Perhaps the only one angrier than Pellegrin over the current uproar is Jason Kimbrell, the owner of the official concessionaire Vacation Trailers 2 U. “I’m pretty disgusted with it,” said Kimbrell of what he calls a “big misinformation campaign” about his business and a case of “sour grapes syndrome” on Pellegrin’s part. “We’ve done everything by the book and exactly how we were supposed to do it,” explained Kimbrell, who said that the “lengthy” approval process required loads of paperwork, multiple meetings, upgrading trailers, acquiring appropriate insurance, and waiting nine months for a decision.
Like Rozelle, Kimbrell — a San Diego native who fell in love with Santa Barbara while a UCSB student years ago — “had no idea that Earl’s RV company existed” when he approached California State Parks with his proposal. He soon learned about Earl’s RV and a number of other businesses “flying below the radar screen,” including a number of folks who seemed to be subsidizing their RV ownership with occasional weekend rentals. When he heard about Pellegrin’s complaints, Kimbrell said he went to Lompoc to “extend the olive branch” and allowed Earl’s RV to fulfill the rentals that had already been commissioned through last summer. In return, Kimbrell said he got a handshake and a promise to not violate his agreement.
But then, a few weeks ago, Kimbrell’s employee noticed a number of trailers from Earl’s RVs at Refugio State Beach. “We weren’t going to make a big ruckus about them — State Parks has other things to manage,” said Kimbrell of both Earl’s RV and other nonregulated rentals. “But this was so blatant that I called them up.”
Meanwhile, his employee took flyers down to the apparently illicit camp visitors to advertise the now-official concessionaire. That move, according to Kimbrell, led to a verbal assault on his employee by those loyal Earl’s RV renters.
But according to Marell Brooks, a county planning commissioner and annual Earl’s RV customer for 20-plus years who was on the scene that day, they were the ones who felt “really uncomfortable” because the VT2U employee was “hassling everybody.” Said Brooks, “Rather than a nice enjoyable stay, that first day we were all being accused of doing something illegal.”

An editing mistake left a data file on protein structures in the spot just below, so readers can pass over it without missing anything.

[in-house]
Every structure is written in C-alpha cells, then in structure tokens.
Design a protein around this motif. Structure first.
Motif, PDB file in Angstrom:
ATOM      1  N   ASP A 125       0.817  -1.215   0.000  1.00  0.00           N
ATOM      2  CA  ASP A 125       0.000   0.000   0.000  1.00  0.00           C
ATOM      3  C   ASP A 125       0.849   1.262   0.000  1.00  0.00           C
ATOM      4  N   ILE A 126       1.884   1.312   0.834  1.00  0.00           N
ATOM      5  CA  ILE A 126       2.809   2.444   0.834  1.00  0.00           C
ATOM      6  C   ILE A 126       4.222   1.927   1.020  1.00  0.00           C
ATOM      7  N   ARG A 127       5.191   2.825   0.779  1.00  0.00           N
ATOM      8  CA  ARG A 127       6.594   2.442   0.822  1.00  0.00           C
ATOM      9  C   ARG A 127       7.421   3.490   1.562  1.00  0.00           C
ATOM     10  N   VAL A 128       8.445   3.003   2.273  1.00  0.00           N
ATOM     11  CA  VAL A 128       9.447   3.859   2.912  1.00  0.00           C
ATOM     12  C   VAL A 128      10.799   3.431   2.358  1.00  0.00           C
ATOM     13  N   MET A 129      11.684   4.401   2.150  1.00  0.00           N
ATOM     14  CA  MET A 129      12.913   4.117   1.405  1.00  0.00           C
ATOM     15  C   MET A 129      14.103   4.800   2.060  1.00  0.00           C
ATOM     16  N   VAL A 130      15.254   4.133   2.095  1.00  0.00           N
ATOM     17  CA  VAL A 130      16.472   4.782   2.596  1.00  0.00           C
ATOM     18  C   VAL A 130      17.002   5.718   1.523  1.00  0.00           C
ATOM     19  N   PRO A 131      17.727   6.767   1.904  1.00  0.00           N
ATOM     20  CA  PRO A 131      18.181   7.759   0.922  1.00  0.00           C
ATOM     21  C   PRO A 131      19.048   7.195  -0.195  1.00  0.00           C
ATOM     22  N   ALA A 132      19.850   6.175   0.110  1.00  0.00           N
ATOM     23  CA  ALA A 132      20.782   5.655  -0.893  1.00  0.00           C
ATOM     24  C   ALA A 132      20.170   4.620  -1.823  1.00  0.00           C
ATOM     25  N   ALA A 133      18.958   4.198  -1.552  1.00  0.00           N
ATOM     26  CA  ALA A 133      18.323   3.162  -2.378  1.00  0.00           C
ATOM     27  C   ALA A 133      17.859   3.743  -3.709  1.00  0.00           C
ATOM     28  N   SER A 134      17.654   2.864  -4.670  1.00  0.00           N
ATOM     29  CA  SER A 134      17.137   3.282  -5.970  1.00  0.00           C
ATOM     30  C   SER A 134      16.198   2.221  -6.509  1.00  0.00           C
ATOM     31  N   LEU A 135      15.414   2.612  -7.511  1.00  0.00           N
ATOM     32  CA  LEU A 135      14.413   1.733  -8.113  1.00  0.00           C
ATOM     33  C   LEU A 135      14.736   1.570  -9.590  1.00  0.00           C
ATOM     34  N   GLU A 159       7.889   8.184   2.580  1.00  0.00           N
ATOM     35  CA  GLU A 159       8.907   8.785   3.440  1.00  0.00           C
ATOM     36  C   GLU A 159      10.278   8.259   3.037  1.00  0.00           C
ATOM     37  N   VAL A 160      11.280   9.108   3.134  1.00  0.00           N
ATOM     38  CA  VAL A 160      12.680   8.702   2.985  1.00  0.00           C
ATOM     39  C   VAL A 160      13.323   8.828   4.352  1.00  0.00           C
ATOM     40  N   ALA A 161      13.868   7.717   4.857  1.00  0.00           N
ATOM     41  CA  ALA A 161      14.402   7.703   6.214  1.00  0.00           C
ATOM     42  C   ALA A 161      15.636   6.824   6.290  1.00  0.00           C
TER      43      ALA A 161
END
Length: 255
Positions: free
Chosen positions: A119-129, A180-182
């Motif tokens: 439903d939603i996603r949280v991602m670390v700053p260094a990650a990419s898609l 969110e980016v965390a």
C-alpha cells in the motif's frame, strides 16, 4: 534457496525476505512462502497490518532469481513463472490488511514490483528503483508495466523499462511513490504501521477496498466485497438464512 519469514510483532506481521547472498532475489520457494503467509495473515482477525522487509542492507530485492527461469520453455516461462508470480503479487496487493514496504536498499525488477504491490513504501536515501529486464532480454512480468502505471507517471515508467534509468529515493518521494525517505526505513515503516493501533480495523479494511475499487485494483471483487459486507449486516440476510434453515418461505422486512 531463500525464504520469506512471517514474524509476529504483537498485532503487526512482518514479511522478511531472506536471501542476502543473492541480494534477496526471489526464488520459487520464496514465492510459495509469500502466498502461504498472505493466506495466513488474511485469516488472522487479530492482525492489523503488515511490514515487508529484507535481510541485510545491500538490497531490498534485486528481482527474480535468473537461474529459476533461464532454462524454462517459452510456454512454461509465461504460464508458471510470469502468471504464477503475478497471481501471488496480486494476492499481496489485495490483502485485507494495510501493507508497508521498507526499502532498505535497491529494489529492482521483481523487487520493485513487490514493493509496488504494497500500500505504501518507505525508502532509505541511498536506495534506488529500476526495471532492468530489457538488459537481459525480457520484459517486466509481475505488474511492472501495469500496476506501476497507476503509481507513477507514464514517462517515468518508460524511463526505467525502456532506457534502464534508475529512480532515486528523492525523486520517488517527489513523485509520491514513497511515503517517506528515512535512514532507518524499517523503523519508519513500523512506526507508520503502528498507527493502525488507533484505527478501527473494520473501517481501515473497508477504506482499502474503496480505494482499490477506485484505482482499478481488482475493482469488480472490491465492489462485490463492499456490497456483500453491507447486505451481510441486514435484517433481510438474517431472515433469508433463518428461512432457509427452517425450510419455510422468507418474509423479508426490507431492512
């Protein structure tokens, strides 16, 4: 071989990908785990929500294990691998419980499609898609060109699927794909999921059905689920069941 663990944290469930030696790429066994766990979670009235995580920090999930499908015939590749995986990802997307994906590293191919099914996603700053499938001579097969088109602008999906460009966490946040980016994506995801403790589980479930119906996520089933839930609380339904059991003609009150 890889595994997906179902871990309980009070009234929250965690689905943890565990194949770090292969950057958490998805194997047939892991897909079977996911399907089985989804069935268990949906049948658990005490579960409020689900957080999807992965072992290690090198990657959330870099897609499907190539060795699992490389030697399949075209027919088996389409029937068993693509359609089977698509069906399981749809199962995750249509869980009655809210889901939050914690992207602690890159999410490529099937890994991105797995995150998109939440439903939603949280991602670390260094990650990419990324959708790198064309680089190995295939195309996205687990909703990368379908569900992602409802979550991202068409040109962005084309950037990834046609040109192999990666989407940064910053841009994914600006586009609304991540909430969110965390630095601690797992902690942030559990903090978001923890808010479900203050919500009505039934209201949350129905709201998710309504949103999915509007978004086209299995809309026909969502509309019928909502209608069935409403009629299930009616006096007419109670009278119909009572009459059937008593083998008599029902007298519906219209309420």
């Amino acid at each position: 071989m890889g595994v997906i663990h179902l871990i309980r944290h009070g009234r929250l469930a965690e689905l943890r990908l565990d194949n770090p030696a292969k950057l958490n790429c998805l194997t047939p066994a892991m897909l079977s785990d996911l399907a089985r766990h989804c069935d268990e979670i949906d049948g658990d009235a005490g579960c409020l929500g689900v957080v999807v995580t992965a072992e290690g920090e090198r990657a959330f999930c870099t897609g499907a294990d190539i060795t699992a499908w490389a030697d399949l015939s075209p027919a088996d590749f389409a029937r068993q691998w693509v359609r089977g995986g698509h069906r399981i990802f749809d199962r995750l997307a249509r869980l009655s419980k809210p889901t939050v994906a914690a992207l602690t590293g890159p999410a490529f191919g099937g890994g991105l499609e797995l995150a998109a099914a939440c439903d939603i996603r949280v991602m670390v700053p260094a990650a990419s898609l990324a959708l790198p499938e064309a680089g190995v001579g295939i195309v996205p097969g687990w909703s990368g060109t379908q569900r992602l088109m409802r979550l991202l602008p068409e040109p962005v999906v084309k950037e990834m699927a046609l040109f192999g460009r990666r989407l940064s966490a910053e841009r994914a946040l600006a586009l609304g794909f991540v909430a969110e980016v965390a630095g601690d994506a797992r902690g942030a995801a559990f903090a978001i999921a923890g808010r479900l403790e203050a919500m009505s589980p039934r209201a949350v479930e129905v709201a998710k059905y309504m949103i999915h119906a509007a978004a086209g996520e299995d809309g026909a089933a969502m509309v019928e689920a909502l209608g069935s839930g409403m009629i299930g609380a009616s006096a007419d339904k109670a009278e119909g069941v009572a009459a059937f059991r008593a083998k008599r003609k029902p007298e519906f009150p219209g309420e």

The incident became a nonissue when a Vandenberg firefighter disappeared nearby while kayaking that same day, so maybe that’s why Pellegrin fessed up to the act weeks later without being prompted, explaining, “We’ve bent the rules a couple times.”
Rozelle didn’t view it as lightly, explaining that he’s been “investigating a recent incident” in which Earl’s RV may have brought trailers into a park. “We’ve been reasonable in seeking compliance,” said Rozelle. “We may turn this over to the district attorney if we find this is an ongoing activity.”
Of all the charges being thrown on the wall, the one that’s stickiest is the price discrepancy between the high-end trailers offered by VT2U and the wider range of options rented by Earl’s RV, particularly the popup tent trailers that go for a fraction of the price of an RV.
“We don’t want those big RVs — we just want a tent trailer,” said Brooks. “By doing this, the state is telling local people, ‘Sorry, you have to spend $200 a night if you want to rent a camper.” Even Kimbrell — who stills refers customers to Earl’s RV but complains that Pellegrin lies about the existence of VT2U and tells customers that no company is allowed to rent in the state parks — sees the rationale in this argument. He agreed to let Earl’s RV deliver those trailers over the course of his contract, but said that California State Parks didn’t want to “reward bad behavior” by granting any such concessions.